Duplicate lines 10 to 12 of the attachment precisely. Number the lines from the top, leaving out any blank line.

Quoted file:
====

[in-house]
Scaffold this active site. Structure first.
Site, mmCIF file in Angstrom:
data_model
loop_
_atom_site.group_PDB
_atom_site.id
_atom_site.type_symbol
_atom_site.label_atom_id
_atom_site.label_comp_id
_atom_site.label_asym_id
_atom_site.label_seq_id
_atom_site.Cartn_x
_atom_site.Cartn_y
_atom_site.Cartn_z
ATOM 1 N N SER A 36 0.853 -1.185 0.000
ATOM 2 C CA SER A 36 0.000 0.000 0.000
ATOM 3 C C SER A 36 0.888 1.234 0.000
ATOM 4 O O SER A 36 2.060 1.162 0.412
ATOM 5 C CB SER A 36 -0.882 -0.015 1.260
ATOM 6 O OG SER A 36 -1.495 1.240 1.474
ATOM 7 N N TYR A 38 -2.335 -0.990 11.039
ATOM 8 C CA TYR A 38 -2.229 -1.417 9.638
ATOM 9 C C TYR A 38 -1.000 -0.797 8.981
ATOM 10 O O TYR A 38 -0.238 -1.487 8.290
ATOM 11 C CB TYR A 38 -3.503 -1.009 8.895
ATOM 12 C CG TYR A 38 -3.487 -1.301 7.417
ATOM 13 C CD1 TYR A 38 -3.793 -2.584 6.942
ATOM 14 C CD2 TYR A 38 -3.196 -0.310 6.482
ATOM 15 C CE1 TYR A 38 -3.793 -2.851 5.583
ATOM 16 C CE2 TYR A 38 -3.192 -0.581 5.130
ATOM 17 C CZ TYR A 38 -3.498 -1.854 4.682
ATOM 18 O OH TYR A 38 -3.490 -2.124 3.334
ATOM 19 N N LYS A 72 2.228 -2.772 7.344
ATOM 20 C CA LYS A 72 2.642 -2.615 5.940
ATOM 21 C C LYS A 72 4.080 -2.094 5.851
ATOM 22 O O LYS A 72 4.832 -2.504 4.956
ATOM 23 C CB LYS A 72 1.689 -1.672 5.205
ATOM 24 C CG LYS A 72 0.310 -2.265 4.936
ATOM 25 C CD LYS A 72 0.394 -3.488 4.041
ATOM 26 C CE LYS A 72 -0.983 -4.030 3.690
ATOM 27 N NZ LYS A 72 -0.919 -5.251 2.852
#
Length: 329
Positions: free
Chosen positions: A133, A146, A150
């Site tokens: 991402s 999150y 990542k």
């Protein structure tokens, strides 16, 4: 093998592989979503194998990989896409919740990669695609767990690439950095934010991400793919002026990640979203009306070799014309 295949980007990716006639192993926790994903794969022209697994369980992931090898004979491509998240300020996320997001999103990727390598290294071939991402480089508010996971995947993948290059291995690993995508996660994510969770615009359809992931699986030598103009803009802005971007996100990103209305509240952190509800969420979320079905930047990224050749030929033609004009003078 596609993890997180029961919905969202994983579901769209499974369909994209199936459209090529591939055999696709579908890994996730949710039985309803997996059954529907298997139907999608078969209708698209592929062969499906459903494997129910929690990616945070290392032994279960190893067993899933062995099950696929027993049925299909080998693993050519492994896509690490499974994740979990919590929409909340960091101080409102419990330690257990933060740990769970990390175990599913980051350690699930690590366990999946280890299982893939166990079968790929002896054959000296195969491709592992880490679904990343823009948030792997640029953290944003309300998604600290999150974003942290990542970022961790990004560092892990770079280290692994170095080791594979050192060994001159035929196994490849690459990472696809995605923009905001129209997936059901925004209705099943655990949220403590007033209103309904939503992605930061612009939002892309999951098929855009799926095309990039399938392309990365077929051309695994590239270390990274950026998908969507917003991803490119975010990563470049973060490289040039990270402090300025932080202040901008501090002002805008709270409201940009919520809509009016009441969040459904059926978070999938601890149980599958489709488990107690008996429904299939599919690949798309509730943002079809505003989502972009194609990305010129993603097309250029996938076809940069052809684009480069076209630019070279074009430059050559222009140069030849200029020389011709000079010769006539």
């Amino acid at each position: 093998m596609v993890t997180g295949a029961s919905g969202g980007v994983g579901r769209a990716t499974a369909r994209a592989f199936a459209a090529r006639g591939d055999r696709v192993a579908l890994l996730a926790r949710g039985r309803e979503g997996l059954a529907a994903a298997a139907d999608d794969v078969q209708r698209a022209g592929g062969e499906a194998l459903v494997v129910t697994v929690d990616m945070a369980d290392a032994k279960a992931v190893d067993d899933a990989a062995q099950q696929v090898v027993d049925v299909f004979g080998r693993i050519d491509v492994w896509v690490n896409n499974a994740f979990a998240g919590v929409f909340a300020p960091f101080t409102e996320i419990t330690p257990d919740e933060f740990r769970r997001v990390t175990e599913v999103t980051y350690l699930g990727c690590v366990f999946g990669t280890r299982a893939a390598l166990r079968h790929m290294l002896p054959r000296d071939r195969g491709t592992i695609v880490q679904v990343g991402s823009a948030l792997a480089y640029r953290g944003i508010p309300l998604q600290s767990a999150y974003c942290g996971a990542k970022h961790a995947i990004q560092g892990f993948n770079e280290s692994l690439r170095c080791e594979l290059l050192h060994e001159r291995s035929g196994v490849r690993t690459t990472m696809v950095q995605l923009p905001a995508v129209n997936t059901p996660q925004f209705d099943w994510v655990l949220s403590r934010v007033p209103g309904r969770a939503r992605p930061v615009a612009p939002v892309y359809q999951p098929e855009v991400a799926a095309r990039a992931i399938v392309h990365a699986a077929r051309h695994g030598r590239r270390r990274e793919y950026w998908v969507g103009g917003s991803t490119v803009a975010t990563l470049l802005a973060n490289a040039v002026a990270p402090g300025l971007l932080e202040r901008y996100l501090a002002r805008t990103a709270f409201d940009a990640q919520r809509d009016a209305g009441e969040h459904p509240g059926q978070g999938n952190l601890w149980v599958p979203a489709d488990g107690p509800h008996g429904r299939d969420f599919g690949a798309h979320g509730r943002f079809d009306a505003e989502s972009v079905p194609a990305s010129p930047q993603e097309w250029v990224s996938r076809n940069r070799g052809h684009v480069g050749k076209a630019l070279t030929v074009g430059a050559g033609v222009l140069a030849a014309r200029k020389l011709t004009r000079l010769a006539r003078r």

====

_atom_site.label_comp_id
_atom_site.label_asym_id
_atom_site.label_seq_id